MPAA Gets Its Wish: Court Basically Says It Can File Bogus DMCA Takedowns Without Concern For Fair Use
from the time-to-fix-the-law dept
This seemed like a clear case of abusing the DMCA to stifle speech, and we noted that it might be an important case in determining if the DMCA's 512(f) clause had any teeth. 512(f) is the clause that provides for damages if you file a bogus DMCA notice (technically if you make "material misrepresentation" in the notice). The key question: is sending a DMCA notice when the use is clearly fair use a "material misrepresentation." The EFF jumped in to help argue this point, freaking out the MPAA who insisted that having to consider fair use before filing an abusive, censorious DMCA takedown is crazy talk.
Unfortunately, it appears that the judge has now agreed with the MPAA that Congress probably didn't intend for DMCA filers to have to consider fair use, saying that if that was the intent, Congress should change the law. The argument made by the court is that the takedown process was designed to be "expeditious" and having to consider things like fair use make it too slow.
... in enacting the DMCA, Congress did not require that a notice-giver verify that he or she had explored an alleged infringer’s possible affirmative defenses prior to acting, only that she affirm a good faith belief that the copyrighted material is being used without her or her agent’s permission.... There is a reason for this. To have required more would have put the takedown procedure at odds with Congress’s express intent of creating an “expeditious,” “rapid response” to “potential infringement” on the Internet.... Undoubtedly abuses will occur - as is the case with almost any system that permits legal self-help.... For these abuses Congress provided a remedy in section 512(f). If experience ultimately proves that the remedy is weighted too heavily in favor of copyright owners at the expense of those who seek to make “fair use” of another’s intellectual property, the resetting of the balance is for Congress and not a court to strike.I think this is an incorrect reading of the law, since to file a DMCA notice you are making a statement that you believe the work is infringing, and as Section 107 of the Copyright Act clearly states, "the fair use of the copyrighted work... is not an infringement." So I don't see how you can truly claim that something is infringing without at least exploring whether it's fair use.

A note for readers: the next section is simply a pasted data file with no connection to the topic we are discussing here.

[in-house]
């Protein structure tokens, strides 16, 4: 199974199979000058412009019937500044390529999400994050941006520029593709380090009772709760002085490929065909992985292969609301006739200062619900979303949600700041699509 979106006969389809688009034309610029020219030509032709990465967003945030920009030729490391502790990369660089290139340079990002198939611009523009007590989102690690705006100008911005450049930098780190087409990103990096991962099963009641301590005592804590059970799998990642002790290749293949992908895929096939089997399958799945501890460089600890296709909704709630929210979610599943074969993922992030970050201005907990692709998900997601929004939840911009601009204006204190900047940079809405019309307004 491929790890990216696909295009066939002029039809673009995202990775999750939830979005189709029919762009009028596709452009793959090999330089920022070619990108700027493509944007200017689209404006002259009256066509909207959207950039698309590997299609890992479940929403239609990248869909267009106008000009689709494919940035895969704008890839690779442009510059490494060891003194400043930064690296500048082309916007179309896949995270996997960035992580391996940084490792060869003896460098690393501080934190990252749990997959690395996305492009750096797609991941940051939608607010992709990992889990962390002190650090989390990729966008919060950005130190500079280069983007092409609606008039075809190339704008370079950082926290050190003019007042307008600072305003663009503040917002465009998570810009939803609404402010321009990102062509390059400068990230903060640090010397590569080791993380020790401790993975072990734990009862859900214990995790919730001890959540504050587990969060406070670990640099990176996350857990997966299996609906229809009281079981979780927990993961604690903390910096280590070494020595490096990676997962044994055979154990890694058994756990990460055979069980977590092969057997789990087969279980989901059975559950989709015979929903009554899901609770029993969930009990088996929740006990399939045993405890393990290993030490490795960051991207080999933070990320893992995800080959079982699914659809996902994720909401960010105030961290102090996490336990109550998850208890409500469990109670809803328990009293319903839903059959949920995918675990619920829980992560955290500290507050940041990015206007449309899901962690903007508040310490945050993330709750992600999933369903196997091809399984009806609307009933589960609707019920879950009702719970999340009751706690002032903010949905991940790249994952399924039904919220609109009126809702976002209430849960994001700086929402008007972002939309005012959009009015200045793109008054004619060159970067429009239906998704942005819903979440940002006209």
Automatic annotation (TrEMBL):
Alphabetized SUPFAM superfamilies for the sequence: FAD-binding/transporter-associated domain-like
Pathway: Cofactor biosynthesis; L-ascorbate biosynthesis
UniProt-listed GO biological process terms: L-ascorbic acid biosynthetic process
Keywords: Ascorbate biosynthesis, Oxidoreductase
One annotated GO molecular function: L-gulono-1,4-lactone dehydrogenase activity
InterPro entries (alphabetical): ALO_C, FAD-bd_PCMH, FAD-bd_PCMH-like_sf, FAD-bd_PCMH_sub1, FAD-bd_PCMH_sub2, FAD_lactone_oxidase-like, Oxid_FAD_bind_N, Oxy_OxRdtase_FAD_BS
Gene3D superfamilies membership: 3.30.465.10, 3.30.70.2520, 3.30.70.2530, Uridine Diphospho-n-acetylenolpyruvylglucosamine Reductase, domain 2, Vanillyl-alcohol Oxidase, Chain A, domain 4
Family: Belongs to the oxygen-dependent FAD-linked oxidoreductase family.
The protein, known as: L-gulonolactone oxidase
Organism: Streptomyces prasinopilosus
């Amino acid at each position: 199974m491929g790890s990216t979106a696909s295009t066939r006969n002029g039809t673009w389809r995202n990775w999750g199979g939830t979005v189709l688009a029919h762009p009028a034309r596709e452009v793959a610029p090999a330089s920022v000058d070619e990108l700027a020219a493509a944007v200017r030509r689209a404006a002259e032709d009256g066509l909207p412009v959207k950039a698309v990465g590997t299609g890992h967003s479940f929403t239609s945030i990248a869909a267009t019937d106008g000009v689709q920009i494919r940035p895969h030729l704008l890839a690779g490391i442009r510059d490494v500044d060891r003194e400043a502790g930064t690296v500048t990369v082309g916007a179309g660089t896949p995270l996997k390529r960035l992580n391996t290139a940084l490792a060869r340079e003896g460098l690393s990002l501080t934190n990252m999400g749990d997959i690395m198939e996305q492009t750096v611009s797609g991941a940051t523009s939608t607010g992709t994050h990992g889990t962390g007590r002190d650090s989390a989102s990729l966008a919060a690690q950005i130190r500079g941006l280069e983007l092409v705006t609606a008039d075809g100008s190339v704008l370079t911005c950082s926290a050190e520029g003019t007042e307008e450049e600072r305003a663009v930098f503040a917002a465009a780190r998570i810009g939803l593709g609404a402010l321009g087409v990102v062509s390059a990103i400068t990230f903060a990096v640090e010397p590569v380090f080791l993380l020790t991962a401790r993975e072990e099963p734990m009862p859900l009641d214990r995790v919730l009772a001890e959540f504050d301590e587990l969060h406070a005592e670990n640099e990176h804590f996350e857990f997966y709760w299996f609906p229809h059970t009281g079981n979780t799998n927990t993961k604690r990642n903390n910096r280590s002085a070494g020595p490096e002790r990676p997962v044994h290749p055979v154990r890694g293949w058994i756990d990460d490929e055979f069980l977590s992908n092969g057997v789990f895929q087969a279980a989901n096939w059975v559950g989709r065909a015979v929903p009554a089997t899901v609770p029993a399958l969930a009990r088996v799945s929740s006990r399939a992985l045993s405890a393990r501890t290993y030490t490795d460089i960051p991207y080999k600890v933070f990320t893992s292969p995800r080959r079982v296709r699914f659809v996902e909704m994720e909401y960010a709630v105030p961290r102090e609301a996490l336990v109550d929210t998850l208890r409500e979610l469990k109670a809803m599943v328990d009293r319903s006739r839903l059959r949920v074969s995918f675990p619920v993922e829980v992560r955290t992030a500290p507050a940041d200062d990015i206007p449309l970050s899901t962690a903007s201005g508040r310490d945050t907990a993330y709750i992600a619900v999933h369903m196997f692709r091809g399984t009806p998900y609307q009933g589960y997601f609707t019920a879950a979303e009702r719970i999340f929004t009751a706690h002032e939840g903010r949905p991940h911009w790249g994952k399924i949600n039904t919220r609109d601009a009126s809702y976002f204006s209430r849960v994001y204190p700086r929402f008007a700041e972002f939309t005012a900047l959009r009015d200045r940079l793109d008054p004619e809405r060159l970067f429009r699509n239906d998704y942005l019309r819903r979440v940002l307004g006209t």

Still, if we accept the court's reading of this, it seems (to me, at least) to only further the argument that the DMCA takedown process is a clear violation of the First Amendment, because it now clearly allows for blatant censorship, with no remedy even if the process is abused to remove non-infringing speech, such as fair use.